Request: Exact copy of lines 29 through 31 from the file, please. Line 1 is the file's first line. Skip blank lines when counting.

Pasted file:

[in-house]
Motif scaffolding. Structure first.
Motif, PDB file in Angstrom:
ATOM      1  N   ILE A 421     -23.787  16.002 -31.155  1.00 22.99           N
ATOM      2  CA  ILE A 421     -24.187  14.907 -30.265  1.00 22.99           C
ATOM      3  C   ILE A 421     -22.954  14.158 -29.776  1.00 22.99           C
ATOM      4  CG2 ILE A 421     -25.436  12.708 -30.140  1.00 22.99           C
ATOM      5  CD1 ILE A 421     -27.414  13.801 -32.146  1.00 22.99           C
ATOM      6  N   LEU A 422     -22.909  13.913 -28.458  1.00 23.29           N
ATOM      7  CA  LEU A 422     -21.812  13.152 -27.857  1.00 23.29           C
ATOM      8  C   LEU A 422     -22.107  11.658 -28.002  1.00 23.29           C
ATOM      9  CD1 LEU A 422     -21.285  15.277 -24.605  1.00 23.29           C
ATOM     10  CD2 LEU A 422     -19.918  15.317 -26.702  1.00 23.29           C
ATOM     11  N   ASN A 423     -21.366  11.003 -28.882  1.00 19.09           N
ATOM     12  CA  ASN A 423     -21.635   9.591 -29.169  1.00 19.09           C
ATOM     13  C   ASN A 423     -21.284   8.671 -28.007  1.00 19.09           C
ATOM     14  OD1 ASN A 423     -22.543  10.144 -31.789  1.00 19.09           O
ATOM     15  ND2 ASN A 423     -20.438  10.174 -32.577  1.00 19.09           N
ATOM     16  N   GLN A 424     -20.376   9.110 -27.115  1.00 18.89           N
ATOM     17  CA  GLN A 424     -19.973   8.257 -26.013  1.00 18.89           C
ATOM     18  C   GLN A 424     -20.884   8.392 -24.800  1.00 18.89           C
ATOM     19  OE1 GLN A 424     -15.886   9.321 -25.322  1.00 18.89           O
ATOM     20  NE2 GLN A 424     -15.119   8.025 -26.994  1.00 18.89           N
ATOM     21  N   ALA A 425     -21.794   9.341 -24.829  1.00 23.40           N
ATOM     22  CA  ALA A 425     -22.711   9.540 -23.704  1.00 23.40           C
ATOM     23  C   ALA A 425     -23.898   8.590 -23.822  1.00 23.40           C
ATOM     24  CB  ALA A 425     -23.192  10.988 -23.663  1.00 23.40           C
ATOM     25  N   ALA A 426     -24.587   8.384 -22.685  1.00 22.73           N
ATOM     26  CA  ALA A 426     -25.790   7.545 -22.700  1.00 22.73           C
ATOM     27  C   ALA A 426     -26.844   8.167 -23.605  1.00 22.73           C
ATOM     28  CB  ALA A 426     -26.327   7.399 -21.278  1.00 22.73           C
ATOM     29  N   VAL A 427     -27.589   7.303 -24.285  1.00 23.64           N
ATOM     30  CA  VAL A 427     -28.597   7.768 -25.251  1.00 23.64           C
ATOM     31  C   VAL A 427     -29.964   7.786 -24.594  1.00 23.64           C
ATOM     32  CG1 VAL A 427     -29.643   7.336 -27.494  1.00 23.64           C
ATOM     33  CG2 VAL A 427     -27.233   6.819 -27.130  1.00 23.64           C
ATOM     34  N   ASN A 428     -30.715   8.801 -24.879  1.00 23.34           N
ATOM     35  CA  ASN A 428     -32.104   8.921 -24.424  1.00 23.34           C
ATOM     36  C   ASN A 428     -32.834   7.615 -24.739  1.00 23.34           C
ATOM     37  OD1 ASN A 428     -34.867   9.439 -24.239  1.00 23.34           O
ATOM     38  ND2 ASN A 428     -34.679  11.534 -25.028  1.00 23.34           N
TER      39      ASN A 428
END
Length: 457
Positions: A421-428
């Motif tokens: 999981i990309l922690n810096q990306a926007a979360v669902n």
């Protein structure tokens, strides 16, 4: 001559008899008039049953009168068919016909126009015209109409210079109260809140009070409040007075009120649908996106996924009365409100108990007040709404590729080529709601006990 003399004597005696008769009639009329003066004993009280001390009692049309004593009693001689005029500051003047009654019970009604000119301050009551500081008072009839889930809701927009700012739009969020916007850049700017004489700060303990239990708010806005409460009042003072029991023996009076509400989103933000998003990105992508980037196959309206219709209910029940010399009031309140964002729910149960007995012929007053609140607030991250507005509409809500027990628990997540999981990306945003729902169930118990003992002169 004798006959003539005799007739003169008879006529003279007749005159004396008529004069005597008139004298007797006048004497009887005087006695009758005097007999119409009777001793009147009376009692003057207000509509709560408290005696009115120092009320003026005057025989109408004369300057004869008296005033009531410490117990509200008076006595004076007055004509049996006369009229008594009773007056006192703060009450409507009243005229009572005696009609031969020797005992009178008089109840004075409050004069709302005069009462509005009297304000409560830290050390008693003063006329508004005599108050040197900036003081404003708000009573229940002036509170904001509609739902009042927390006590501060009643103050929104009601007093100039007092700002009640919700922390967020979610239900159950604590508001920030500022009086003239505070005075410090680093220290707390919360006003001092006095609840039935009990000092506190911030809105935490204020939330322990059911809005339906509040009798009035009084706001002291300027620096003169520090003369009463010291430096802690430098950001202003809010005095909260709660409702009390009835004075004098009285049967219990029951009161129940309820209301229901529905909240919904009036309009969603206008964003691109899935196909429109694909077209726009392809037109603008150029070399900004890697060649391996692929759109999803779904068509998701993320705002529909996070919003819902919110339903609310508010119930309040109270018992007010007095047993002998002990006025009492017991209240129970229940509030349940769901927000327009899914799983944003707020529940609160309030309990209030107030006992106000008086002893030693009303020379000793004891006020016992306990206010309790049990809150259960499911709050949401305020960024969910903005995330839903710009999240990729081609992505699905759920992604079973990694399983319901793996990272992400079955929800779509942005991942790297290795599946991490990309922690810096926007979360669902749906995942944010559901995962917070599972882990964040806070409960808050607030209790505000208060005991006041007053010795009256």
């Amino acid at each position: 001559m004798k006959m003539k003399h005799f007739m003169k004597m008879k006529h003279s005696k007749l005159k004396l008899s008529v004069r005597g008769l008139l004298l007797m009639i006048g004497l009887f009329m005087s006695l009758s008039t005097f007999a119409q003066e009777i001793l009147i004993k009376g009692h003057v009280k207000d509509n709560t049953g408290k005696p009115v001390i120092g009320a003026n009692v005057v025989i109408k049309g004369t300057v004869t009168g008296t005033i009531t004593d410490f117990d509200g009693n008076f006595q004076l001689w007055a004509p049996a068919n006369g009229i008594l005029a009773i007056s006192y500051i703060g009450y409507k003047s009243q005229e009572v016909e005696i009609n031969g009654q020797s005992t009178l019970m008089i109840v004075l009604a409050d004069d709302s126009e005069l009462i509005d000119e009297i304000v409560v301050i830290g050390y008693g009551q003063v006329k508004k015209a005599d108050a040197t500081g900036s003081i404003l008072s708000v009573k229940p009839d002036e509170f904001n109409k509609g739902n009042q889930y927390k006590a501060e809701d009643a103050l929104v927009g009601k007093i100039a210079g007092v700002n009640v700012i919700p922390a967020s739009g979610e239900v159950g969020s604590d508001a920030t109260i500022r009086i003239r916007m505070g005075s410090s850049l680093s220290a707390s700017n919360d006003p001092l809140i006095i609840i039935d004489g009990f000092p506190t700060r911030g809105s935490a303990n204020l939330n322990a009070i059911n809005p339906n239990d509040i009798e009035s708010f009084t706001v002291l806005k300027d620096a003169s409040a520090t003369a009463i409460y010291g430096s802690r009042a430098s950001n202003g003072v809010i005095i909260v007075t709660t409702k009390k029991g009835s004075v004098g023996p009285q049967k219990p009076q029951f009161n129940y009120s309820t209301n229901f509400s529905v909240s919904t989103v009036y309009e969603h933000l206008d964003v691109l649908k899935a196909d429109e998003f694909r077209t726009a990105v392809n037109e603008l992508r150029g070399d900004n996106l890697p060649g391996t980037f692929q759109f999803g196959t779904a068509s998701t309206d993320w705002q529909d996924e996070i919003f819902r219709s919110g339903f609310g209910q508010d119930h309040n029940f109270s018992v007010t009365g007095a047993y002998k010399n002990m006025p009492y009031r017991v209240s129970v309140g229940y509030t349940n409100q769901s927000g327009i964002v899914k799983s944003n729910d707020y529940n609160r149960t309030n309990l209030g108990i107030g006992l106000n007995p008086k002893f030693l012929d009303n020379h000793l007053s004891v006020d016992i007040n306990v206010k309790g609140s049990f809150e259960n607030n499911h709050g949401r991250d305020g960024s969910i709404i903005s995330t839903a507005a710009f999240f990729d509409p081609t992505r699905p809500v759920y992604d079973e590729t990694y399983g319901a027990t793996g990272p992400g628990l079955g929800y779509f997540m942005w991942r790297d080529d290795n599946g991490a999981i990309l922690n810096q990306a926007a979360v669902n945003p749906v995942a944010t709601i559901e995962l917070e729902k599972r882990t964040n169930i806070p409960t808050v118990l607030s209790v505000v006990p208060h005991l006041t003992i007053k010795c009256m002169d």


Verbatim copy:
ATOM     26  CA  ALA A 426     -25.790   7.545 -22.700  1.00 22.73           C
ATOM     27  C   ALA A 426     -26.844   8.167 -23.605  1.00 22.73           C
ATOM     28  CB  ALA A 426     -26.327   7.399 -21.278  1.00 22.73           C